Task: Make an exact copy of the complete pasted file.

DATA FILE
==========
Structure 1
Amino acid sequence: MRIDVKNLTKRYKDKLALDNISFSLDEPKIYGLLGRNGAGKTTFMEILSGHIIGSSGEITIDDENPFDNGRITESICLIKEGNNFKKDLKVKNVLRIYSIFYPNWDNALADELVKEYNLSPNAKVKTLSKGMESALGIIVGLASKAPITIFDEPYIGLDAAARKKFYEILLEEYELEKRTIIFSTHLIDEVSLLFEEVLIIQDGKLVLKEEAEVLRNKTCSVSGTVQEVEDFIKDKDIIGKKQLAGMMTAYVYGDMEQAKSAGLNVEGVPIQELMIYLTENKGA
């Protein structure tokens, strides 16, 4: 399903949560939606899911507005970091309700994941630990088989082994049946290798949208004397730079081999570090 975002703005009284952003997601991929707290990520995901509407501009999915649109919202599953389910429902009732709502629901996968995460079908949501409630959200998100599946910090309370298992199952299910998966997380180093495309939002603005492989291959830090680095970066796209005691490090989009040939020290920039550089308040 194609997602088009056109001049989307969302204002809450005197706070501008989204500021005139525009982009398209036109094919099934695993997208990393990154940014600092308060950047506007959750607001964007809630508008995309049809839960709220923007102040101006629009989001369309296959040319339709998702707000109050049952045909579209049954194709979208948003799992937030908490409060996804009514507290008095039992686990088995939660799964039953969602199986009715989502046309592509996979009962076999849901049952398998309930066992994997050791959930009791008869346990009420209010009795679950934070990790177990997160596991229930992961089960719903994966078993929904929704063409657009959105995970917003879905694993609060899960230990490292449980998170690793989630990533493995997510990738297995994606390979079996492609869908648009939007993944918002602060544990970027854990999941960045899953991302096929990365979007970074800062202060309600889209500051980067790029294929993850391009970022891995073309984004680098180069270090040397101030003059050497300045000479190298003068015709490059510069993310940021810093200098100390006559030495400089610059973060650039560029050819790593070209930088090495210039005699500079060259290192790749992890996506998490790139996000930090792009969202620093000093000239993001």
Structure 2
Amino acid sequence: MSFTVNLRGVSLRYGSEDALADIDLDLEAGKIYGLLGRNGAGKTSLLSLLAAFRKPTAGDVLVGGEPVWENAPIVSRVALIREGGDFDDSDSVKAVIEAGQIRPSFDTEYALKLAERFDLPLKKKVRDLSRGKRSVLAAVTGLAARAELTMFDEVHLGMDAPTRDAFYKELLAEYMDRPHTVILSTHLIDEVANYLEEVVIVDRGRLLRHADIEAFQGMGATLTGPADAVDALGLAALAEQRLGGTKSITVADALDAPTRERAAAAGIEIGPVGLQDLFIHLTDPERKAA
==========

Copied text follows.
Structure 1
Amino acid sequence: MRIDVKNLTKRYKDKLALDNISFSLDEPKIYGLLGRNGAGKTTFMEILSGHIIGSSGEITIDDENPFDNGRITESICLIKEGNNFKKDLKVKNVLRIYSIFYPNWDNALADELVKEYNLSPNAKVKTLSKGMESALGIIVGLASKAPITIFDEPYIGLDAAARKKFYEILLEEYELEKRTIIFSTHLIDEVSLLFEEVLIIQDGKLVLKEEAEVLRNKTCSVSGTVQEVEDFIKDKDIIGKKQLAGMMTAYVYGDMEQAKSAGLNVEGVPIQELMIYLTENKGA
């Protein structure tokens, strides 16, 4: 399903949560939606899911507005970091309700994941630990088989082994049946290798949208004397730079081999570090 975002703005009284952003997601991929707290990520995901509407501009999915649109919202599953389910429902009732709502629901996968995460079908949501409630959200998100599946910090309370298992199952299910998966997380180093495309939002603005492989291959830090680095970066796209005691490090989009040939020290920039550089308040 194609997602088009056109001049989307969302204002809450005197706070501008989204500021005139525009982009398209036109094919099934695993997208990393990154940014600092308060950047506007959750607001964007809630508008995309049809839960709220923007102040101006629009989001369309296959040319339709998702707000109050049952045909579209049954194709979208948003799992937030908490409060996804009514507290008095039992686990088995939660799964039953969602199986009715989502046309592509996979009962076999849901049952398998309930066992994997050791959930009791008869346990009420209010009795679950934070990790177990997160596991229930992961089960719903994966078993929904929704063409657009959105995970917003879905694993609060899960230990490292449980998170690793989630990533493995997510990738297995994606390979079996492609869908648009939007993944918002602060544990970027854990999941960045899953991302096929990365979007970074800062202060309600889209500051980067790029294929993850391009970022891995073309984004680098180069270090040397101030003059050497300045000479190298003068015709490059510069993310940021810093200098100390006559030495400089610059973060650039560029050819790593070209930088090495210039005699500079060259290192790749992890996506998490790139996000930090792009969202620093000093000239993001």
Structure 2
Amino acid sequence: MSFTVNLRGVSLRYGSEDALADIDLDLEAGKIYGLLGRNGAGKTSLLSLLAAFRKPTAGDVLVGGEPVWENAPIVSRVALIREGGDFDDSDSVKAVIEAGQIRPSFDTEYALKLAERFDLPLKKKVRDLSRGKRSVLAAVTGLAARAELTMFDEVHLGMDAPTRDAFYKELLAEYMDRPHTVILSTHLIDEVANYLEEVVIVDRGRLLRHADIEAFQGMGATLTGPADAVDALGLAALAEQRLGGTKSITVADALDAPTRERAAAAGIEIGPVGLQDLFIHLTDPERKAA